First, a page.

People can get very exercised about categorisation, and never more so than in a quilt show. I love Festival of Quilts because it allows self categorisation. If you feel that your quilt is Modern, for the purposes of the show it is modern and whilst the judges might advise that it would be better judged in another category, you can beg to differ and enter that style again and that’s your artistic prerogative!

One of the things I love most about being part of a national Guild is that you get exposed to all sorts of quilts and all sorts of quilters. I love Modern quilts as evidenced by events like Quilt Con which show the best of the best, but I also love the soulful and scrappy nature of quilts rooted in more traditional styles. I’m not sure that they are two different things, and neither increasingly is the Modern Quilting community because you can enter categories like Modern Traditionalism at Quilt Con now. I think that the evolution that brings new eyes to old ideas is where artistic creative growth comes from much of the time. Yes the shock of completely new ideas from genius’s like Picasso do occur that break the mold, but when you look back at the mood and time around these ‘new’ ideas we see that they too were rooted in an evolution from an older idea. We reject ‘traditional’ quilts too quickly if we see them as ‘old’ and modern quilts as ‘new’ the reality is that they have coexisted, cross fertilised and both thrived for the cross over.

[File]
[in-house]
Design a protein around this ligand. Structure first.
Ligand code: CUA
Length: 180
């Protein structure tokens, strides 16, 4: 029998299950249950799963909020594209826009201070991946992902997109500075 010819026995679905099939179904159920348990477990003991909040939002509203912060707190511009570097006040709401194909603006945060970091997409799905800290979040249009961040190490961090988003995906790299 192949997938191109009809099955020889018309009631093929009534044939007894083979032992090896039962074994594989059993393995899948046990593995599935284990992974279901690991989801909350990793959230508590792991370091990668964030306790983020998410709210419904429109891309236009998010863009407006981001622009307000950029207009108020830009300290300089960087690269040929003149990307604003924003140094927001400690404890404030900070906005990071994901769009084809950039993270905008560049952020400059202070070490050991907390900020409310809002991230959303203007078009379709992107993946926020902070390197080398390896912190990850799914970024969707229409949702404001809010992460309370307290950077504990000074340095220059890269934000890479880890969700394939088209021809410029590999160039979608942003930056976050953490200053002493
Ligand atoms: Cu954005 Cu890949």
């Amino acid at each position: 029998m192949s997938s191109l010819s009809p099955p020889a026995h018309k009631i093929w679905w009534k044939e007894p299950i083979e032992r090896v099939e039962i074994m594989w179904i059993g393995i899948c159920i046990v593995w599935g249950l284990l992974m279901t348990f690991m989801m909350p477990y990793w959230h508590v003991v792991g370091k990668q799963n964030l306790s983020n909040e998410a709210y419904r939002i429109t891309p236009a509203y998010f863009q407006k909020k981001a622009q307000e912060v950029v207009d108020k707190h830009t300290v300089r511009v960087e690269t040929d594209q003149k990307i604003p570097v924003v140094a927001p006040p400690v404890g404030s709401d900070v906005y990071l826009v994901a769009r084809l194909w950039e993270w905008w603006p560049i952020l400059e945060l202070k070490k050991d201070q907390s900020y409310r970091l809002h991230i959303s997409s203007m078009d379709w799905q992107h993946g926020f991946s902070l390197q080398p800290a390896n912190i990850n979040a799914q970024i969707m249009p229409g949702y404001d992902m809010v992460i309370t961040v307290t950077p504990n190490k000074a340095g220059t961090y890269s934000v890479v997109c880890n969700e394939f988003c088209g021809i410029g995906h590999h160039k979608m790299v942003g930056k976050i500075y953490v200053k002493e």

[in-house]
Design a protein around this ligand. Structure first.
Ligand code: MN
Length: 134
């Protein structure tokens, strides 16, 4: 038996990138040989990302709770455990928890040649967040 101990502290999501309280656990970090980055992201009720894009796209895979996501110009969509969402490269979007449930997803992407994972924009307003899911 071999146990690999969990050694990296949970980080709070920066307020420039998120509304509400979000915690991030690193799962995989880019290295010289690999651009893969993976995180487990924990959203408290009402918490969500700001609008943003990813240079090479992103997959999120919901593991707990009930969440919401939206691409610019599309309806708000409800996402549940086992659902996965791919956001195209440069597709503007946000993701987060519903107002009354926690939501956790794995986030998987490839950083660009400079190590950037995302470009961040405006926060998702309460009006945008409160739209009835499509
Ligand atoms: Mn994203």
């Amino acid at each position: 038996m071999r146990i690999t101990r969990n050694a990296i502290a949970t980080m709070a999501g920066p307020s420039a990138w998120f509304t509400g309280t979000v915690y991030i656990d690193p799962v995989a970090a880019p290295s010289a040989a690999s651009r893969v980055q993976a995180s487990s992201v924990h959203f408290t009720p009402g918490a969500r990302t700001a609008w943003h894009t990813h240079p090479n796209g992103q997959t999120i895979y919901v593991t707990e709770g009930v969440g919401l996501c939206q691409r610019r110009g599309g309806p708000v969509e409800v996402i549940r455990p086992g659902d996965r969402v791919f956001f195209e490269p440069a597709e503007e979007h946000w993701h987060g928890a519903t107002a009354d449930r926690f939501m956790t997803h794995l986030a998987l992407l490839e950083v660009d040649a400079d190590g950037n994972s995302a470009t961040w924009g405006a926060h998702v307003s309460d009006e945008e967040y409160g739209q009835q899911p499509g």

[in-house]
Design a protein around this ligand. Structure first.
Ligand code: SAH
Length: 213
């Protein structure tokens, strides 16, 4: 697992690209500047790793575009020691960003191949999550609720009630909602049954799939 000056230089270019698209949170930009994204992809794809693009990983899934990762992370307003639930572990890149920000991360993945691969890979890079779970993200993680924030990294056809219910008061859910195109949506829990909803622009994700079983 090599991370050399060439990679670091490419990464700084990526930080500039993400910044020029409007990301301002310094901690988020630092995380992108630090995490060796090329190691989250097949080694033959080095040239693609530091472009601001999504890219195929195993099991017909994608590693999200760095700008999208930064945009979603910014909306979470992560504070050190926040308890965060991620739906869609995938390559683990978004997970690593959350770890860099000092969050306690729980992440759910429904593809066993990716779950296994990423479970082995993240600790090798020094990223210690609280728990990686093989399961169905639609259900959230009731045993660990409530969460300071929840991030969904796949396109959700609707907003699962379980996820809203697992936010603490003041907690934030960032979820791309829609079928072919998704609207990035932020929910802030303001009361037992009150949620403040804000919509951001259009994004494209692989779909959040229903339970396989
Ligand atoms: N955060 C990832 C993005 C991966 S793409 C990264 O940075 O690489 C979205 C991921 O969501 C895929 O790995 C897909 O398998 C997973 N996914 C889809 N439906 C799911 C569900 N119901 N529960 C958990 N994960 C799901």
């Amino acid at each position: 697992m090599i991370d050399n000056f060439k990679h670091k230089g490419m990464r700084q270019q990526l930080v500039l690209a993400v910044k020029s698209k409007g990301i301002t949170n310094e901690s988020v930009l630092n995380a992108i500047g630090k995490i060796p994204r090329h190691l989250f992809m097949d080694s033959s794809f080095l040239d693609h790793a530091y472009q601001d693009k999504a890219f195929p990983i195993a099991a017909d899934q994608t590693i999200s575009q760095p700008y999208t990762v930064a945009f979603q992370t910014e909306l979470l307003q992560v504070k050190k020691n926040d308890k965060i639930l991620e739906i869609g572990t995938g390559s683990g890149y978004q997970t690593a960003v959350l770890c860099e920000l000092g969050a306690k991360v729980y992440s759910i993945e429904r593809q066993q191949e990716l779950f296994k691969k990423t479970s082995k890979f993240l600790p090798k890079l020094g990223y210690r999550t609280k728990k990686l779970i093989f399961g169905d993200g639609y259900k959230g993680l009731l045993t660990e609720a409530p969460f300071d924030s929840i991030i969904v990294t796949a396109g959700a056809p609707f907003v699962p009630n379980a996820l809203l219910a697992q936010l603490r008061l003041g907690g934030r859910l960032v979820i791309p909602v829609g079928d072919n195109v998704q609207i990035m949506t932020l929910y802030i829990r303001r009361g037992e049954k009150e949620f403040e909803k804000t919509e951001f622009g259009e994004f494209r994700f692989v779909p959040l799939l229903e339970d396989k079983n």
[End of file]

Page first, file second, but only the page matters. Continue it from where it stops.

IMG_5589Anyway, little foot stamp over, this leads on to why I wanted to make this quilt and what I wanted it to say. I was given this great book by a neighbour having a clear out a few years ago and it’s a great mini resource. Each page has a different ‘style’ of quilt and a little bit of guidance about how to draft your own pattern to make it. What I love about it is that it dates from 1982, so it’s a brilliant portal into how quilting looked nearly 40 years ago to the pioneering new wave of makers who were coming to it afresh then. In the book is a quilt called Kaleidoscope that is subtitled ‘A Modern Quilt’, and that validation that a ‘Modern Quilt’ was so defined then, and would still be defined as such today fascinated me. In 1982 my littlest brother was born and I had just started primary school and its the first year I really remember events like the Falklands war on the TV and the birth of Prince William so I was excited to make a quilt from my childhood that still looked so fresh and new today.

There wasn’t a pattern for this quilt but it was pretty simple to see it was based on a grid system so a quick back of an envelope plan yielded a pattern, the simple geometric shapes were created through trial and error drawing around cups, plates and cotton spools to replicate those in the picture in the book.